Wednesday, January 21, 2004


This is more a question. This paragraph is the lead in a New Hampshire (?) Union Leader:
MANCHESTER — Retired General Wesley Clark yesterday noted he “stayed with the U.S. Army” through the Vietnam War, setting up a contrast with White House foe John Kerry, who left the military and became a war critic.
If this is a true reporting of Clark's statement, it is very troubling. It implies that Kerry was wrong to become a war critic, and also that Clark did not think the Vietnam War was a bad thing. Well, if this is true, it's clear that Kerry was right and Clark was wrong. It's possible, however, that Clark never really meant to contrast his experience with Kerry's in this manner; the "left the military and became a war critic" is not a direct quote, and it's unclear if it is supposed to be a paraphrase of Clark or simply a description of what Kerry did after he left the Navy.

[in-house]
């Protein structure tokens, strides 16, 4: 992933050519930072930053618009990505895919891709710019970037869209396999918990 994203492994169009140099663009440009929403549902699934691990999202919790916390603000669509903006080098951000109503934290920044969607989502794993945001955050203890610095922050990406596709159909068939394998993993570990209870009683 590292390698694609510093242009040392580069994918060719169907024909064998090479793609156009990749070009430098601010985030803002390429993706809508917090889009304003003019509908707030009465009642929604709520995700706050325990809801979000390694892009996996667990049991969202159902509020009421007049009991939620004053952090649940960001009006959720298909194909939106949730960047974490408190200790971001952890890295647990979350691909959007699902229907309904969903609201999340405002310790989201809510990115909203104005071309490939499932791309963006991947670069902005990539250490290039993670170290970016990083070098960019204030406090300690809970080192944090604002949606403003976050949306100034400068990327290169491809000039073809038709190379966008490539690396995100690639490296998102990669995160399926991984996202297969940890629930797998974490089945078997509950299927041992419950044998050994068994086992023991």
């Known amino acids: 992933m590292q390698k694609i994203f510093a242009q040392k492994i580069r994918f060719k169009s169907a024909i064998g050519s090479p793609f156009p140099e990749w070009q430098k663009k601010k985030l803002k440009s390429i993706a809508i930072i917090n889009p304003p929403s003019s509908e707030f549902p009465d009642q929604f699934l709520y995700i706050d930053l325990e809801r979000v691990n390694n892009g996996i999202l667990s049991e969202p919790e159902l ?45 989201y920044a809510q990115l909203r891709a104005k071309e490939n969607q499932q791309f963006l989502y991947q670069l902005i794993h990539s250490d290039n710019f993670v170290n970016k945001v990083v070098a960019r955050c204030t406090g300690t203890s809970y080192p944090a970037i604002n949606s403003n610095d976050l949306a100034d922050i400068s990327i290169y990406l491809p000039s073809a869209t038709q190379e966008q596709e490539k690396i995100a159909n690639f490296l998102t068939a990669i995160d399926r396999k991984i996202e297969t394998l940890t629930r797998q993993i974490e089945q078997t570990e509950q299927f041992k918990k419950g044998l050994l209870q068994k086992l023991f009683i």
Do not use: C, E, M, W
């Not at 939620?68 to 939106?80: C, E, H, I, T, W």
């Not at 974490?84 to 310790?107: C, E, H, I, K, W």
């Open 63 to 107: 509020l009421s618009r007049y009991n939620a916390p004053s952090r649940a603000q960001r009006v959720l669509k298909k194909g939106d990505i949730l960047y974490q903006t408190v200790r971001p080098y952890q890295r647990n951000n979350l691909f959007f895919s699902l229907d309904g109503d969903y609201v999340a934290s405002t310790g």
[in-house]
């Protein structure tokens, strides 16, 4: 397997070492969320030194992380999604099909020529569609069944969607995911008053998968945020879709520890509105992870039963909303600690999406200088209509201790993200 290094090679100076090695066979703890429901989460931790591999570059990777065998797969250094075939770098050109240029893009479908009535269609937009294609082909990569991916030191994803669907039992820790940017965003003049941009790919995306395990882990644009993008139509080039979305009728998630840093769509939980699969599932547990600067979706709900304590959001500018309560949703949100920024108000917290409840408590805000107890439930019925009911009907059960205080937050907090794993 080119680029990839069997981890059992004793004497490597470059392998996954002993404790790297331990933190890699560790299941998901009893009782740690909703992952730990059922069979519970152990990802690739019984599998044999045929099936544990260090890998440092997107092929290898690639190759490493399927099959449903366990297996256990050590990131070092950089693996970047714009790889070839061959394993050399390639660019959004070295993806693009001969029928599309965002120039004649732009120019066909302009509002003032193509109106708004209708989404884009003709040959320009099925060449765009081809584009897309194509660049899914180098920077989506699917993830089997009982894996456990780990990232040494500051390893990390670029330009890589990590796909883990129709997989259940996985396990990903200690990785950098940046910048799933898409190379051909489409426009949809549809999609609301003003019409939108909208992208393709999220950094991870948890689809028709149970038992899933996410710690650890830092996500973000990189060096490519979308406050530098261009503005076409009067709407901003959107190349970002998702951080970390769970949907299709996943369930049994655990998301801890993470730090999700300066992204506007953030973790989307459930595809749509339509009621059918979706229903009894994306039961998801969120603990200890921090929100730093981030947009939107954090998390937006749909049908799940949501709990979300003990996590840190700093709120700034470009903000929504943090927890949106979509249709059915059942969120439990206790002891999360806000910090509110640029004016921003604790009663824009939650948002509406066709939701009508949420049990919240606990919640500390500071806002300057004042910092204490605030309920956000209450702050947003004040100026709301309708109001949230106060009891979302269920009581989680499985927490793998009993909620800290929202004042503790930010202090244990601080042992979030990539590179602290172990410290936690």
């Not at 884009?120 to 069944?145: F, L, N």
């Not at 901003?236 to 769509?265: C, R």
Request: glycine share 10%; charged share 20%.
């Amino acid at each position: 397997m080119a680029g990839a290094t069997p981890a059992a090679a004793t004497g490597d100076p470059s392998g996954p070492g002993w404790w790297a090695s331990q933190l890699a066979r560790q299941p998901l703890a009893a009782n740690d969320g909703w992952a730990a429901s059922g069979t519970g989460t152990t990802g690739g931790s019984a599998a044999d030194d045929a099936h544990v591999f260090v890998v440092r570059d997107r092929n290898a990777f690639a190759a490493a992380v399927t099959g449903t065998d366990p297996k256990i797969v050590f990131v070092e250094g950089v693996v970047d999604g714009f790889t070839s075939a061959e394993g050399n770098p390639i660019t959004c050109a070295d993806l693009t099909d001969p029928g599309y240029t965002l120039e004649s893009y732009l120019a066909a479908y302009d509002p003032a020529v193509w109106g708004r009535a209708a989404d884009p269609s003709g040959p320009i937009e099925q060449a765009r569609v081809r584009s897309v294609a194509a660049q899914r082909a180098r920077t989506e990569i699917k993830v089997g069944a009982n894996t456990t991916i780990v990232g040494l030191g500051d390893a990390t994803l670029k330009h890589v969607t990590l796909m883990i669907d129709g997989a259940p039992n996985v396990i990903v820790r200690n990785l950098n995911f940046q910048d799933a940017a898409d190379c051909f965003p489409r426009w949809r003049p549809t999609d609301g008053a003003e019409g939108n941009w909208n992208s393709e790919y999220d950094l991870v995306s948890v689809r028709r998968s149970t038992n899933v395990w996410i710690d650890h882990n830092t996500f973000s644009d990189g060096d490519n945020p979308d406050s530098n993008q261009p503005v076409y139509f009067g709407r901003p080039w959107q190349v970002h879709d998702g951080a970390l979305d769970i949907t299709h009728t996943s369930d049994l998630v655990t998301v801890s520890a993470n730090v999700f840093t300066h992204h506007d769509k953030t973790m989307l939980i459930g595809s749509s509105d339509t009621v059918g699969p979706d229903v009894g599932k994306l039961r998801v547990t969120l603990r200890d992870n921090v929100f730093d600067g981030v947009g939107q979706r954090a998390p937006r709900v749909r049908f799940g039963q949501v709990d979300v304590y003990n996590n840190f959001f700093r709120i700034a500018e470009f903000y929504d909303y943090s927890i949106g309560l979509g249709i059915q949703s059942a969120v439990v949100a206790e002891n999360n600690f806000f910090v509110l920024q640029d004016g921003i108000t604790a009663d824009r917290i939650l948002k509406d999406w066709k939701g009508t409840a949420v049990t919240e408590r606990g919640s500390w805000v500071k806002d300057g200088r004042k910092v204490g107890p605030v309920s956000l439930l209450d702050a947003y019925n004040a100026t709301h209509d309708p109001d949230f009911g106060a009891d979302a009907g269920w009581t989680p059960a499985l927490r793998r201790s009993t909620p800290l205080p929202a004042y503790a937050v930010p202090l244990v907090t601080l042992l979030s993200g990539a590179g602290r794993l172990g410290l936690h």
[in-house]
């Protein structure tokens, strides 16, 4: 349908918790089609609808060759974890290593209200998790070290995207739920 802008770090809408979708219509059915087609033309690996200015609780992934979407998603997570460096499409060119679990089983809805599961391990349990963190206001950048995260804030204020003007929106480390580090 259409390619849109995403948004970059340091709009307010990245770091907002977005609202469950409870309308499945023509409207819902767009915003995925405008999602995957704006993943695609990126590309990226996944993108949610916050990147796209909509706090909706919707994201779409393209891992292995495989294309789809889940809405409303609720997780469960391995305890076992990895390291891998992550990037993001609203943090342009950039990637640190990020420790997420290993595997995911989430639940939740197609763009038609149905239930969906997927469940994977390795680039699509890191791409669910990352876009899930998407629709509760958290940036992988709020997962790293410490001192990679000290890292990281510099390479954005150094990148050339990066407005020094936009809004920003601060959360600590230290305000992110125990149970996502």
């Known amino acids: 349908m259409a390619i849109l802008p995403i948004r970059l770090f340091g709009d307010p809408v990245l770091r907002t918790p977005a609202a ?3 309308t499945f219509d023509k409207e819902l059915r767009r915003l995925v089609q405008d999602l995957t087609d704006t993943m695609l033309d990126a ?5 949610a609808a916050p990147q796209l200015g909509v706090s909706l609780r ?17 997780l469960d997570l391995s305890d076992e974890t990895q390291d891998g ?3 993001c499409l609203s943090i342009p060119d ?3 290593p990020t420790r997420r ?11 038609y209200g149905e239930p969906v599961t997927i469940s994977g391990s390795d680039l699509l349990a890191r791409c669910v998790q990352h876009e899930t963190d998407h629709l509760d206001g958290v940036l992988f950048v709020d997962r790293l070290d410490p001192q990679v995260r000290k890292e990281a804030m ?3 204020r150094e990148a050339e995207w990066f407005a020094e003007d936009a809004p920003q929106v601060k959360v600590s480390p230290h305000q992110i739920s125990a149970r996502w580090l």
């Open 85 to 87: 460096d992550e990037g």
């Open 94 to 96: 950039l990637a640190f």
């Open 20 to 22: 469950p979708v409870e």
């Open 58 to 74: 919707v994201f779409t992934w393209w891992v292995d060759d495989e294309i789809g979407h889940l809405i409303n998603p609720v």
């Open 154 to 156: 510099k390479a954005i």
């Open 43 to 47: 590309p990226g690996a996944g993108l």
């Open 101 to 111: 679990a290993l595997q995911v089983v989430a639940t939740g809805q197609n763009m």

I do not want to vote for someone who thinks being against the Vietnam War (esp. the way Kerry was against it) was a bad thing. I'll leave that thinking to Richard Perle and Dick "I had other priorities during Vietnam" Cheney.

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